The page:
If you own a business, you need to plan very carefully if you want to maintain the value and control of your business during and after a divorce. Your business is an asset, just like cars and bank accounts, and the court will divide it like other assets unless you have made other arrangements. It is a good idea to consult an experienced attorney early on.
The best way to safeguard your business interests is with a pre- or postnuptial agreement, but if it is too late for that, your lawyer will devise other strategies to protect your business and your future.
Equitable Division of Property
Georgia law does not call for an equal division of marital property in divorce—it specifies that property should be divided “equitably.” If a couple can reach an agreement on their own, the court is likely to approve that arrangement. If they cannot, the court will divide property in a way the judge thinks is fair.
The court will look at factors such as how long you were married, the earning potential of each partner, and the reasons the marriage ended. After weighing a variety of issues, then the court will divide up marital property. But separate property will stay with one spouse.
Is the Business Separate or Marital Property?
All property spouses acquire during the marriage—including their earnings—is treated as marital property owned by both. Property that spouses owned before they were married is generally considered to belong to that spouse individually. If you started a business before your marriage or inherited a business during your marriage, it may be considered your own individual property.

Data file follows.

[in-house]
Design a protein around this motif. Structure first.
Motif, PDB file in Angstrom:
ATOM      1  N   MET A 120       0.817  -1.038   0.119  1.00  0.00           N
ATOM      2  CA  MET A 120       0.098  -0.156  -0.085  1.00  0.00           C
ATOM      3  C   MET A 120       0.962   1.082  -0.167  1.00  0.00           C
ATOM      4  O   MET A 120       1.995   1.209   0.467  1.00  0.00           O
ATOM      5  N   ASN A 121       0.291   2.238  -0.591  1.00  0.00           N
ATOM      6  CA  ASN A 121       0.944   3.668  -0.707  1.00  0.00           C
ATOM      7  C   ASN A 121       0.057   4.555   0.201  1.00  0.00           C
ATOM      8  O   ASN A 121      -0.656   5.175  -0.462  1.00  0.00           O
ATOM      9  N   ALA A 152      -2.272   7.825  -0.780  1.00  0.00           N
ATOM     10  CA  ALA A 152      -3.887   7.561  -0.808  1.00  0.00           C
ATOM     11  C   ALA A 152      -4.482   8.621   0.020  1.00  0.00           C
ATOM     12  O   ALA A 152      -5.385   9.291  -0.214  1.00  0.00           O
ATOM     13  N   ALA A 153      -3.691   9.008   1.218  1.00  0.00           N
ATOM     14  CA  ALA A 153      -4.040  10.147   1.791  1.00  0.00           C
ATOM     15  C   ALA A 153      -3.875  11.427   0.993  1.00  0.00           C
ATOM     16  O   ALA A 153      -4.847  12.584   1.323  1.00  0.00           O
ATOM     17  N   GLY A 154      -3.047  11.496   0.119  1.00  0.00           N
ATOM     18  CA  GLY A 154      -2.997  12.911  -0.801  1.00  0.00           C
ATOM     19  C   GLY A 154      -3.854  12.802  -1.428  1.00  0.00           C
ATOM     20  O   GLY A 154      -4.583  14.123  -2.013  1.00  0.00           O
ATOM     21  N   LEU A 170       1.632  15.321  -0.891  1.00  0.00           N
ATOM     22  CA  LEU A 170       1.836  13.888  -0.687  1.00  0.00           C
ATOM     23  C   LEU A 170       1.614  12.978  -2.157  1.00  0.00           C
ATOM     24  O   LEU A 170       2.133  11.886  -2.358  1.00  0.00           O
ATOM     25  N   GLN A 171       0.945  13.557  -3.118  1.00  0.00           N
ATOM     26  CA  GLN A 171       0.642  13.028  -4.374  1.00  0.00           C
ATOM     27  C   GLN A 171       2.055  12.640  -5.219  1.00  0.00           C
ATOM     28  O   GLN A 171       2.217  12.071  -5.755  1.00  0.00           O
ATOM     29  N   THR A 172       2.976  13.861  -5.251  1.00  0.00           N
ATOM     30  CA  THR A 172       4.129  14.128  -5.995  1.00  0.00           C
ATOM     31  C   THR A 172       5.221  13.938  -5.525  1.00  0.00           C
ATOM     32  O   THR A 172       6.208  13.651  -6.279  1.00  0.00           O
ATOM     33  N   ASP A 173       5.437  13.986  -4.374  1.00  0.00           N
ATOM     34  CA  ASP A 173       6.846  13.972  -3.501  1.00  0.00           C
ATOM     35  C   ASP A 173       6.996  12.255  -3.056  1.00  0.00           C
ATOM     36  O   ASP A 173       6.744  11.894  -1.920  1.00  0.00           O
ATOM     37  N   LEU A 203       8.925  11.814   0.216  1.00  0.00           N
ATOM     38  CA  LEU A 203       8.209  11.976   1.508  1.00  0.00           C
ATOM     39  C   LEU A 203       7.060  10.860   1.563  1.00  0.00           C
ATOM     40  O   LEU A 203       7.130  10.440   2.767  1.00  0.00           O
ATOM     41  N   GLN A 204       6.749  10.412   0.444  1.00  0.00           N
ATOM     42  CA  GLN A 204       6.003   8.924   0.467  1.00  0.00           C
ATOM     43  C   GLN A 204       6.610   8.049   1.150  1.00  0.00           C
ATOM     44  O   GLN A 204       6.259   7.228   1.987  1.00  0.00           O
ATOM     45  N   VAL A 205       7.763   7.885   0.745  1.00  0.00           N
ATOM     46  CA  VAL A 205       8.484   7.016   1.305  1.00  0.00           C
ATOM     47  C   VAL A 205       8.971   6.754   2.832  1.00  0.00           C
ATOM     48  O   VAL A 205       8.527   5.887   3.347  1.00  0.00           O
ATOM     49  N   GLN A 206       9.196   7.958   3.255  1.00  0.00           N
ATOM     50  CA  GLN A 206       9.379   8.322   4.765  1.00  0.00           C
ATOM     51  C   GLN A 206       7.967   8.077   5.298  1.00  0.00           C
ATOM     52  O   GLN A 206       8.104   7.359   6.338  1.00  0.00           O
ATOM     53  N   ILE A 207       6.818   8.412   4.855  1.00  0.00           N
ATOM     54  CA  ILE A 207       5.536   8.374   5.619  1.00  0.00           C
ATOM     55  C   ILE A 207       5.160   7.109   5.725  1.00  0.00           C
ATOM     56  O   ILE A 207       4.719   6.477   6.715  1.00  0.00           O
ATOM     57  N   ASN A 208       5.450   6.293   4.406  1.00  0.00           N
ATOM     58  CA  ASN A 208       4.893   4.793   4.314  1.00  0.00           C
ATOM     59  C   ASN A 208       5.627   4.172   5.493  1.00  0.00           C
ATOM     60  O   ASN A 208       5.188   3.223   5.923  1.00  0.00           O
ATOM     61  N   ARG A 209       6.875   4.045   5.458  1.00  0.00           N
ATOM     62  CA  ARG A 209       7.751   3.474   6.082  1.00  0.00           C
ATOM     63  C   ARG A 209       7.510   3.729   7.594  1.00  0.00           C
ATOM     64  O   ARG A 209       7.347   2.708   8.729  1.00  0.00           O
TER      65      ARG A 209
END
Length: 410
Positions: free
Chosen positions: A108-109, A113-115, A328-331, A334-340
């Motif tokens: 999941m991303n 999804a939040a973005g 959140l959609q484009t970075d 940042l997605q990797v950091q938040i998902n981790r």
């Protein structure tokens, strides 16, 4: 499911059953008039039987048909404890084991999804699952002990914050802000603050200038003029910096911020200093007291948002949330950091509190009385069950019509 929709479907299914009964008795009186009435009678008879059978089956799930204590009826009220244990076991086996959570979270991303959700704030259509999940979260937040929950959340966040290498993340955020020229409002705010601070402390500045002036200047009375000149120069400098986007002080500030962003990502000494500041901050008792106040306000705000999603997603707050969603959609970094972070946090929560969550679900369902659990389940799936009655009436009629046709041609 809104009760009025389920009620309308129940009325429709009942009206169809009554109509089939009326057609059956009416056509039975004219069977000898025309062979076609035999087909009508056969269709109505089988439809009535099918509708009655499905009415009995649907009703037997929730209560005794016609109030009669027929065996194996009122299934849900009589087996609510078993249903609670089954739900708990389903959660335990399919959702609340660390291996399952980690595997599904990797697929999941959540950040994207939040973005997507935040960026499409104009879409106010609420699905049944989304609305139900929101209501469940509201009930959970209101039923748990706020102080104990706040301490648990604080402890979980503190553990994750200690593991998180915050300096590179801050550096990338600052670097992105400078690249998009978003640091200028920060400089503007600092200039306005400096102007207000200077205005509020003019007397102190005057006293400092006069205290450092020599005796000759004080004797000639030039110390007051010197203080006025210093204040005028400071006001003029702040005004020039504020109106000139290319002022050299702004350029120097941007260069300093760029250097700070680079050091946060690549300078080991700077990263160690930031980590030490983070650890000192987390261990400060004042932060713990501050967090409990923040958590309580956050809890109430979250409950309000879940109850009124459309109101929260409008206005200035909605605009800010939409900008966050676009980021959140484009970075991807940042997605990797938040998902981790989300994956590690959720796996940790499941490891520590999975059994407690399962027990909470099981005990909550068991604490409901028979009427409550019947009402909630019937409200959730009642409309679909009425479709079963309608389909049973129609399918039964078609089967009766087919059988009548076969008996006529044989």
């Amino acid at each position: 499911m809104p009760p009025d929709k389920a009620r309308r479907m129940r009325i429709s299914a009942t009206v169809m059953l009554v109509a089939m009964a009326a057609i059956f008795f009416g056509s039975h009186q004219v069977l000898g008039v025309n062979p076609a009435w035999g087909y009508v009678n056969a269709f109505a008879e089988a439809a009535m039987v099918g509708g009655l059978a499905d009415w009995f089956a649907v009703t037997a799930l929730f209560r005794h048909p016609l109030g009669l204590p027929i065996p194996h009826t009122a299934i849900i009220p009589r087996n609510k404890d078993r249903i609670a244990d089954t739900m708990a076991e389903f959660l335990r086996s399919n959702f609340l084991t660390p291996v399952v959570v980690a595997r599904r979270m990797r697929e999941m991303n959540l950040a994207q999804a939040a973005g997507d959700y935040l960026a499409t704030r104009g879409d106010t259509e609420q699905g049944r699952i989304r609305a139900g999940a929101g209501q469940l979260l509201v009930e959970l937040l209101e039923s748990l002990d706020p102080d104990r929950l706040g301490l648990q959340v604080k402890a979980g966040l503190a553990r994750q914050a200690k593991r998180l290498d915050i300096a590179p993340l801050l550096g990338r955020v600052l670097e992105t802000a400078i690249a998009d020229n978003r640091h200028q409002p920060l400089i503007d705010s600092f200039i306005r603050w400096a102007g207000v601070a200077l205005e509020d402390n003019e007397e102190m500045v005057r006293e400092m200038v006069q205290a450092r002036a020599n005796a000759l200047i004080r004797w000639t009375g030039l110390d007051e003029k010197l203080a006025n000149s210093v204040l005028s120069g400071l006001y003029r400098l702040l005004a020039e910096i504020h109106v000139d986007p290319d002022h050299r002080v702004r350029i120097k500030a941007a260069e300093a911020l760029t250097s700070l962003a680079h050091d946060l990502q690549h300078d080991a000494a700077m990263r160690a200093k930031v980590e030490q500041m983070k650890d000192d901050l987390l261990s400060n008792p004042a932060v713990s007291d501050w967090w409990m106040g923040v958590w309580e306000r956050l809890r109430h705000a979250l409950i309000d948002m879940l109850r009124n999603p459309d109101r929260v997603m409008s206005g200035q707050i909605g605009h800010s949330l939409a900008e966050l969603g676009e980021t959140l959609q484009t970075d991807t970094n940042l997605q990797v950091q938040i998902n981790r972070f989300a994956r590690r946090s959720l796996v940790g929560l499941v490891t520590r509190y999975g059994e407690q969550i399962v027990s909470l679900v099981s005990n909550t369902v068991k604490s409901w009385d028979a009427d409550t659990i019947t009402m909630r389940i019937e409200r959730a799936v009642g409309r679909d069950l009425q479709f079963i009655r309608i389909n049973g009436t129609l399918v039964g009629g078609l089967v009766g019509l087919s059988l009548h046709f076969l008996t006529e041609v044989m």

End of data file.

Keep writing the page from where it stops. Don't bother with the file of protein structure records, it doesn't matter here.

However, part of the value of that business could still be treated as marital property. If the value increased during the marriage or your spouse contributed funds or efforts to further the business, then they may be entitled to a share of the value. Suppose you started the business after you were married and you don’t have a nuptial agreement specifying that the property should remain your separate property. In that case, your spouse could receive a substantial share of the business, even if they never helped you run it.
Protect Your Business
One of the most important factors to consider when business owners face divorce is the need to keep the business functioning during divorce proceedings. If uncertainty about ownership or management issues causes the business to halt operations, the value of that business could plummet.
Work with an experienced attorney early on to develop a plan to provide for the continued operation of the business. If you don’t want your spouse to have any connection with the business after the divorce, your plan should also include provisions to buy out your spouse’s interests.
Get Started with a Plan
When you know your goals and your legal standing, then it is time to put together a plan to protect the future of your business during and after a divorce. Tessie D. Edwards & Associates, P.C. can help you claim the full value of any separate property and negotiate to reach your objectives for marital property division. Contact us today to get started.